During the Iran-Iraq war in the 1980s, the group served as Mr. Hussein's own private militia opposing the theocratic government in Tehran. For two decades, he gave the group money, weapons, jeeps and military bases along the border with Iran. In return, the Rajavis pledged their fealty.
In 1991, when Mr. Hussein crushed a Shiite uprising in the south and attempted to carry out a genocide against the Kurds in the north, the Rajavis and their army joined his forces in mowing down fleeing Kurds.
Ms. Rajavi told her disciples, "Take the Kurds under your tanks, and save your bullets for the Iranian Revolutionary Guards." Many followers escaped in disgust.
So the Rajavis then began preying on Iranian refugees and asylum seekers in Europe to fill their ranks. The Rajavis promise them salaries, marriage, family, freedom and a great cause - fighting the Iranian government. Then the unwitting youths arrive in Iraq.
What is most disturbing is how the group treats its members. After the Iran-Iraq war, Mr. Rajavi orchestrated an ill-planned offensive, deploying thousands of young men and women into Iran on a mass martyrdom operation. Instead of capturing Iran, as they believed they would, thousands of them were slaughtered, including parents, husbands and wives of those I met in Iraq in 2003.
After my visit, I met and spoke to men and women who had escaped from the group's clutches. Many had to be deprogrammed. They recounted how people were locked up if they disagreed with the leadership or tried to escape; some were even killed.
Friendships and all emotional relationships are forbidden. From the time they are toddlers, boys and girls are not allowed to speak to each other. Each day at Camp Ashraf you had to report your dreams and thoughts.
If a man was turned on by the scent of a woman or a whiff of perfume, he had to confess. Members had to attend weekly ideological cleansings in which they publicly confessed their sexual desires. Members were even forced to divorce and take a vow of lifelong celibacy to ensure that all their energy and love would be directed toward Maryam and Massoud.
Mr. Hamilton and Generals Jones and Clark have been paid speakers' fees by front groups for Mujahedeen Khalq and have spoken in support of the group in public conferences. They claimed ignorance of how the group treated its members.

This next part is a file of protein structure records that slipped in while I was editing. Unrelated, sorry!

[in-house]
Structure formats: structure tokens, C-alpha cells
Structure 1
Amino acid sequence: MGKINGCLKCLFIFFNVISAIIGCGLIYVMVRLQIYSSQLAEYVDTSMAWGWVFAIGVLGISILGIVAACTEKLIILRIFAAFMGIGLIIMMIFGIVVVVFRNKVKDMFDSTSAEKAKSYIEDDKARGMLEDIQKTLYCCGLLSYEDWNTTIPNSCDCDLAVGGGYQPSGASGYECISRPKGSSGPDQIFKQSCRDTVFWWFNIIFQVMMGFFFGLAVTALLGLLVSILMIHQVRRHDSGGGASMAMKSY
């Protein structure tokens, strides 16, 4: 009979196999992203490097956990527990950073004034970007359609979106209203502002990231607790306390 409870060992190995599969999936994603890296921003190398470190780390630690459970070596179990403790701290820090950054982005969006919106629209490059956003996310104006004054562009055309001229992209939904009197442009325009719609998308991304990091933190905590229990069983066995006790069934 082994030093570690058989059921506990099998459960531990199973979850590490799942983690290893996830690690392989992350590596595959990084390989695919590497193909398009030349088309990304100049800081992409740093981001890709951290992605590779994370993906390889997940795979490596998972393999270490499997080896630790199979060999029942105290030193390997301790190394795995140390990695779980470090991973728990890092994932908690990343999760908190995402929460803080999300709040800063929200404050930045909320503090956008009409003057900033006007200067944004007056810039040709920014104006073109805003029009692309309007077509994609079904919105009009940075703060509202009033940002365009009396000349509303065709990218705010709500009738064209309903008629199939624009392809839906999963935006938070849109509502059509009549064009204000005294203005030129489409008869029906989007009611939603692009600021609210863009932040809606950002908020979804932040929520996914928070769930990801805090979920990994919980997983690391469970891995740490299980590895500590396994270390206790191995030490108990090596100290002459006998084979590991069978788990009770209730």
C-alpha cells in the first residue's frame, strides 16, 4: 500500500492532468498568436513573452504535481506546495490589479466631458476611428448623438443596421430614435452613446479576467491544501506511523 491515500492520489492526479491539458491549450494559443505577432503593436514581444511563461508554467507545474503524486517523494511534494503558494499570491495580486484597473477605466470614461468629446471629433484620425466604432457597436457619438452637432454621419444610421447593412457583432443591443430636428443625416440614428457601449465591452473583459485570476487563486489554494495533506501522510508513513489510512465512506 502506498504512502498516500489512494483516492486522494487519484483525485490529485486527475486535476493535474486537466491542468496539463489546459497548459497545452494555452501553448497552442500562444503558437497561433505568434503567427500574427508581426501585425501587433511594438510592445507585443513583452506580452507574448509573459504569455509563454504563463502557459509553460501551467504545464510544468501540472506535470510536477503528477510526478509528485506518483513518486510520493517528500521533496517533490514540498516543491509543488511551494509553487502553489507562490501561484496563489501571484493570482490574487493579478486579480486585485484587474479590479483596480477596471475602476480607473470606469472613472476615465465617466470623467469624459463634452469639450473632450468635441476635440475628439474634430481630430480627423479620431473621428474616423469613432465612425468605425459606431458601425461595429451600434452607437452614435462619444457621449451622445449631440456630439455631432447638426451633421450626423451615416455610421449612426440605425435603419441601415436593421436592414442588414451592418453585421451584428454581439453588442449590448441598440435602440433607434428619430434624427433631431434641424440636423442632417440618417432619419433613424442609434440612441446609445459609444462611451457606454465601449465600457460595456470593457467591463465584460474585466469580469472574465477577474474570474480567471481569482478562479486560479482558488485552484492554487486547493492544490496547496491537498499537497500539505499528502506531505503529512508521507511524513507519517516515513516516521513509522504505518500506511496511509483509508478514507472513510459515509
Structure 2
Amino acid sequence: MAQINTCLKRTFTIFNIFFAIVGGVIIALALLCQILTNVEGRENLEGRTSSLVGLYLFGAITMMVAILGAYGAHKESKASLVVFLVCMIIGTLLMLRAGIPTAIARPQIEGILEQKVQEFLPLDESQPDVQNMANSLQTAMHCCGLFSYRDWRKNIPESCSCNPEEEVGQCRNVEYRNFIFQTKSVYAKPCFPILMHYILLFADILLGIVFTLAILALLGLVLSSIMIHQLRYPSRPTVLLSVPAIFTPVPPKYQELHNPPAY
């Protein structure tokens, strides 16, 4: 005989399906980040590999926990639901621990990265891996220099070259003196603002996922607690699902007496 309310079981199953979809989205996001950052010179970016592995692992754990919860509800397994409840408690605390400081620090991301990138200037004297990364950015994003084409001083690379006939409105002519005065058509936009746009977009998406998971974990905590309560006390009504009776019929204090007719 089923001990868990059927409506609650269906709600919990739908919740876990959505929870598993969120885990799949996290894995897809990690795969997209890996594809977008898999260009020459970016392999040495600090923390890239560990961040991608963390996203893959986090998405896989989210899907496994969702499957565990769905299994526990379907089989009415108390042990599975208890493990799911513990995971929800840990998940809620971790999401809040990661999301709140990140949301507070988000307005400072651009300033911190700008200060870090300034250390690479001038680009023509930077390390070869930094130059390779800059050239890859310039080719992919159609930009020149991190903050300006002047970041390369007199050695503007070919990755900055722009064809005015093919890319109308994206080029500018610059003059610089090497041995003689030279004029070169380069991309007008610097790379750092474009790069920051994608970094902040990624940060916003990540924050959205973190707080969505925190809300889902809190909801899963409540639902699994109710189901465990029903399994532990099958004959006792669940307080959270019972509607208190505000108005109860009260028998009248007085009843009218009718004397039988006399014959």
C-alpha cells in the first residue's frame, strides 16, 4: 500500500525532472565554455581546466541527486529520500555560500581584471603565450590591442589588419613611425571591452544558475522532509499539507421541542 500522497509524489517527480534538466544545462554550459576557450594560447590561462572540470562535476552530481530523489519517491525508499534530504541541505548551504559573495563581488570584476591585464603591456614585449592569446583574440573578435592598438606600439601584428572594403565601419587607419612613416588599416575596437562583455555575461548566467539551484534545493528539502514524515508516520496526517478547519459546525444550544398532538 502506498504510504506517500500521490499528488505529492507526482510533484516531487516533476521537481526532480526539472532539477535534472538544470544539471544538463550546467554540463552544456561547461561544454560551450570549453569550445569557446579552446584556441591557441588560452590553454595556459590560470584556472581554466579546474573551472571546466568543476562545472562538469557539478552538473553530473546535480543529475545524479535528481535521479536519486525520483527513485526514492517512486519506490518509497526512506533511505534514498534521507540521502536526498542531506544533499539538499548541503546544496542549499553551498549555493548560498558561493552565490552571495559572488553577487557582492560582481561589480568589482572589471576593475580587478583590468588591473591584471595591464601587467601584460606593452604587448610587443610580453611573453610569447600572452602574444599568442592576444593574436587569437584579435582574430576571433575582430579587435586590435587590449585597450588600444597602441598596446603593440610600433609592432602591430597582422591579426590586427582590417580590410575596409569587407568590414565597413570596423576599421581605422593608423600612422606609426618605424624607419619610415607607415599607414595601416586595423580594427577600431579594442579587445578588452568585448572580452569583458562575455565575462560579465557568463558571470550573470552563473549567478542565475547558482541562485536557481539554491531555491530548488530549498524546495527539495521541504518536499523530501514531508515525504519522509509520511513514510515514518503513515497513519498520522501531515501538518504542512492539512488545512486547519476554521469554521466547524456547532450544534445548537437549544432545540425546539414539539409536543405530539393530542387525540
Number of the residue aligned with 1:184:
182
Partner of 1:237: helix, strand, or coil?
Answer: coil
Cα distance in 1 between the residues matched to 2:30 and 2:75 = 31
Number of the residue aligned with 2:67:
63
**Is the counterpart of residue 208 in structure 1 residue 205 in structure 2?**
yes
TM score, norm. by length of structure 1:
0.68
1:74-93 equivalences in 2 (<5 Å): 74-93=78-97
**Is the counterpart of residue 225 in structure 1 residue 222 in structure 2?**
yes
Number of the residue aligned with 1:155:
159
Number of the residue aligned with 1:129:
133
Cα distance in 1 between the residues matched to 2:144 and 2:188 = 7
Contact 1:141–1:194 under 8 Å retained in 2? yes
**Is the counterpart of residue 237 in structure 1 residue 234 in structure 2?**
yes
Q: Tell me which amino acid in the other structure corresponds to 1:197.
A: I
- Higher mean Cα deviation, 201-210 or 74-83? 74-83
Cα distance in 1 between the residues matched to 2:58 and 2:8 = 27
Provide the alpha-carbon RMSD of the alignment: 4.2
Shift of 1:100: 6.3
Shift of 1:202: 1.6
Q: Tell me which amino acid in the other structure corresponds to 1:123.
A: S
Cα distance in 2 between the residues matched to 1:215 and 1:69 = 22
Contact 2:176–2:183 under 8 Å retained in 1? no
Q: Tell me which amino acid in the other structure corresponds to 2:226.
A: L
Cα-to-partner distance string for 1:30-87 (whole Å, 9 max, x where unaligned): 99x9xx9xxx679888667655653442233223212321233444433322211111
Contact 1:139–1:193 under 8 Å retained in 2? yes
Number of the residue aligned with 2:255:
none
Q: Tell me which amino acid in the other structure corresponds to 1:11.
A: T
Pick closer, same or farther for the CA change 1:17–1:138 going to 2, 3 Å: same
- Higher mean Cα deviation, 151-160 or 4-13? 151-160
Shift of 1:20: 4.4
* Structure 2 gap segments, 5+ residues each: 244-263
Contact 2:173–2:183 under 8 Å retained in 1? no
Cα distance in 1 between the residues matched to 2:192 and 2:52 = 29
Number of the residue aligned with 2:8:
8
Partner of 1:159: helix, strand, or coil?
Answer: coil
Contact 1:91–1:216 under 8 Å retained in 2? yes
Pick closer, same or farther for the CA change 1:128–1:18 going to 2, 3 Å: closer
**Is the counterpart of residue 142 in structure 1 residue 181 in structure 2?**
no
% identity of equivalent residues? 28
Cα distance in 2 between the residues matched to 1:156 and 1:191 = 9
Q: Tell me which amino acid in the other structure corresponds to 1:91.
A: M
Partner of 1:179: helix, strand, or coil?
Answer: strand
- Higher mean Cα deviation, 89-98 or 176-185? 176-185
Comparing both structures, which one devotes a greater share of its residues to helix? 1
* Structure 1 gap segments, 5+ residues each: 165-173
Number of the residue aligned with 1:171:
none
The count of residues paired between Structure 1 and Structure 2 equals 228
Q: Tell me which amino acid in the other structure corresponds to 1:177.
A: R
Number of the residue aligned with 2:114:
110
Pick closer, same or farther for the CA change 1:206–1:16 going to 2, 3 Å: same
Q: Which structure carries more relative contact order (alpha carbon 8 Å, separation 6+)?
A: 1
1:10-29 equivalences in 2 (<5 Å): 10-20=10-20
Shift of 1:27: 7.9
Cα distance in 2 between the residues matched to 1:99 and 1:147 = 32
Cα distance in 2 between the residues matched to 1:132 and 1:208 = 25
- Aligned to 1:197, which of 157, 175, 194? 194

"I don't know a lot about the group," Mr. Hamilton told me over the phone last week. But in 1994, when he was chairman of the House Foreign Affairs Committee, Mr. Hamilton received a report describing the group as a violent cult with a distinct ideology synthesizing Marxism and messianic Shiism.
At a February conference in Paris, Mr. Dean praised the group's extraordinary "bill of rights." And General Jones said to Ms. Rajavi: "It is time for those of us from the United States who have come to know and admire you and your colleagues and your goals to do what is required to recognize the legitimacy of your movement and your ideals." When I asked General Jones last week if he knew that some considered the group a totalitarian cult, he replied, "This is the first time I've heard anything about this."
He said he'd checked with military and F.B.I. officials. "I wanted to make sure we weren't supporting a group that was doing nefarious things that I don't know about," he said. "Nobody brought it up, so I didn't know what questions to ask."
IN fact, a 2004 F.B.I. report on the group detailed a joint investigation by the American and German police, which revealed that the group's cell in Cologne, Germany, had used money from a complex fraud scheme to buy military equipment. The group used children with multiple identities to claim multiple benefit checks from the German government. Evidence also showed that the group had obtained money in Los Angeles to purchase GPS units to increase the accuracy of planned mortar attacks on Tehran.
It is possible that such plots do not bother General Jones and other supporters of the group. But Iraq will no longer tolerate its presence. Its government wants the Mujahedeen Khalq out of the country by the end of the year. In April, Iraqi forces attacked Camp Ashraf. General Jones and other supporters of the group were outraged.